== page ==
Promoting health equity through strategic community investments

UCLA Health hospital leaders shared strategies to improve community health and well-being by building an inclusive local economy during a conference hosted by the UCLA Luskin Conference Center.

More than 300 people representing more than 55 health care systems Participated in the annual meeting from all over the country Healthcare Anchor Network (HAN), a collaborative working to address social inequalities that drive adverse health outcomes. The core purpose of HAN is to establish practices that contribute to the long-term well-being of communities.

Johannes Spiso, President UCLA Health Los Angeles County’s size, diverse population and significant health disparities provide a conducive environment for the conference, which will take place Oct. 3-5. .

“I think this provides a learning environment for us to work with the community and really start to make some significant changes,” she told the CEO/Leadership plenary. Spizo said health care providers must “deliver high-quality, equitable care that is culturally and linguistically appropriate, consistent not only with the patients we currently serve, but also in areas where we need to expand services and then more visibly and proactively Show up in the community.”

This network includes all University of California Academic Health System and many other leading healthcare providers, including NewYork-Presbyterian Hospital, Stanford Health Care and Boston Children’s Hospital.

Medell Briggs-Malonson, MD, MPH, director of UCLA Health, said that through UCLA Health’s institutional mission, UCLA Health aims to improve social factors that influence health by investing in under-resourced communities. , thereby mitigating racial and socioeconomic inequalities. UCLA Health Equity, Diversity and Inclusion.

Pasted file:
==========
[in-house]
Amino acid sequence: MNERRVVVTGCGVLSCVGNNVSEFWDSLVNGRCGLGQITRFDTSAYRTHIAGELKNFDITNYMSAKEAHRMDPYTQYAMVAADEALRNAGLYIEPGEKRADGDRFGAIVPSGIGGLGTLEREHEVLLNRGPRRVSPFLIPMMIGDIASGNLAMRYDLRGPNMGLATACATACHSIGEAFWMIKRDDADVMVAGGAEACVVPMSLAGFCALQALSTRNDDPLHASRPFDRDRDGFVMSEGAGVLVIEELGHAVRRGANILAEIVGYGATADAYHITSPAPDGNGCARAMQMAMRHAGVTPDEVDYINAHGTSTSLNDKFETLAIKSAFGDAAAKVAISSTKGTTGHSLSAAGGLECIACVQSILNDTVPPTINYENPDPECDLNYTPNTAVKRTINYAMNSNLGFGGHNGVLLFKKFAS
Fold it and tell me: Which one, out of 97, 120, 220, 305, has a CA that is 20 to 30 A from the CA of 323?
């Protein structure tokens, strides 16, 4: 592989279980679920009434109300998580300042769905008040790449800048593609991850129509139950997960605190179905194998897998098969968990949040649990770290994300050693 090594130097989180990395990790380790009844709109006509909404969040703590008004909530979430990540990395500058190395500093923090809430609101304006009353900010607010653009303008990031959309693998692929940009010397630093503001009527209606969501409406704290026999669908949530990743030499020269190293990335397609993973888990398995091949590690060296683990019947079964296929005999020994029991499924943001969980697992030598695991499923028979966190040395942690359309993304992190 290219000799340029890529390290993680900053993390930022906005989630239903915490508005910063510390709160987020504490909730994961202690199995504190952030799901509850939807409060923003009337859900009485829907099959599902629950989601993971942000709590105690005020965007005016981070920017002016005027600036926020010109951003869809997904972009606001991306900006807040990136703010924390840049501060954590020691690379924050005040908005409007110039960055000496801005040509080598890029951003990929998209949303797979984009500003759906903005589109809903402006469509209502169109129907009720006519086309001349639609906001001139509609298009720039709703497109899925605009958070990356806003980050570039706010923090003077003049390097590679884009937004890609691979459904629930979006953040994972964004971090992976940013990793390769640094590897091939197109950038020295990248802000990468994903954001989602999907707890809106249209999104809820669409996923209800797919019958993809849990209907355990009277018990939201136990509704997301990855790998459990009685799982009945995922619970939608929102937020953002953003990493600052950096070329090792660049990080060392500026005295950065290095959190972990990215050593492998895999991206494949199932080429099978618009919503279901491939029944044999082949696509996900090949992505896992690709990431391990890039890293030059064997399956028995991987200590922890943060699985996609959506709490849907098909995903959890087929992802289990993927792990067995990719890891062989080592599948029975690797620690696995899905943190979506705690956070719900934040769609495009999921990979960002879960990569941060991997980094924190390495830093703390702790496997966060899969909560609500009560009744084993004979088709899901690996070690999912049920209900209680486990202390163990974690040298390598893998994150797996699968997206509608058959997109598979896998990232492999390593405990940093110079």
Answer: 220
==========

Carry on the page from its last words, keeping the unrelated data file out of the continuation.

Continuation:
UCLA Health plans to achieve this goal by promoting inclusive hiring and supporting small businesses led by minorities, women, members of the LGBTQ+ community and others who are often excluded from business opportunities, she said. The plan also calls for investing local resources to improve the overall well-being of low-income communities of color.

Dr. Briggs-Malonson said that through her partnership with Healthcare Anchor Network, she was inspired by the opportunity to leverage the bank’s financial assets and UCLA Health’s intellectual assets to invest in and support socially disadvantaged communities.

“If we are to continue to promote greater health, especially among historically marginalized and disenfranchised communities, we know we must lean into these communities and try new community collaboration approaches to transform health and social well-being,” Dr. explain. Briggs-Malonson co-chaired a session on the topic.

As a member of the Healthcare Anchor Network, UCLA Health advocates for a holistic approach to healthcare that focuses on addressing the social drivers of health, or factors that influence the health of people and the communities in which they interact. UCLA Health has structured its approach around five strategic pillars:

  • Diversity Recruiting: Ensures employment opportunities for individuals in the communities it serves.
  • Impact Sourcing: Purchasing supplies from local small businesses to stimulate economic growth within the community.
  • Impact investing: Allocating resources, including funding and collaboration, to initiatives that advance community health.
  • Environmental Justice: Recognizing and working to address how factors such as the “built environment” or air quality, green space and air pollution significantly impact patient health outcomes.
  • Community Partnerships: UCLA Health’s commitment extends beyond Los Angeles County. Community partnerships emphasize learning from and supporting local organizations and leveraging assets to scale up effective interventions.

“Collaborations like ours with HAN allow us to collaborate and better understand what is happening locally and nationally and what is working for other institutions as it relates to addressing racial and social factors that contribute to adverse health outcomes. issues of inequality,” Mikel Whittier, director of health equity, diversity and inclusion at UCLA, said before the meeting.

Evelyn Tokuyama is the author of this article.

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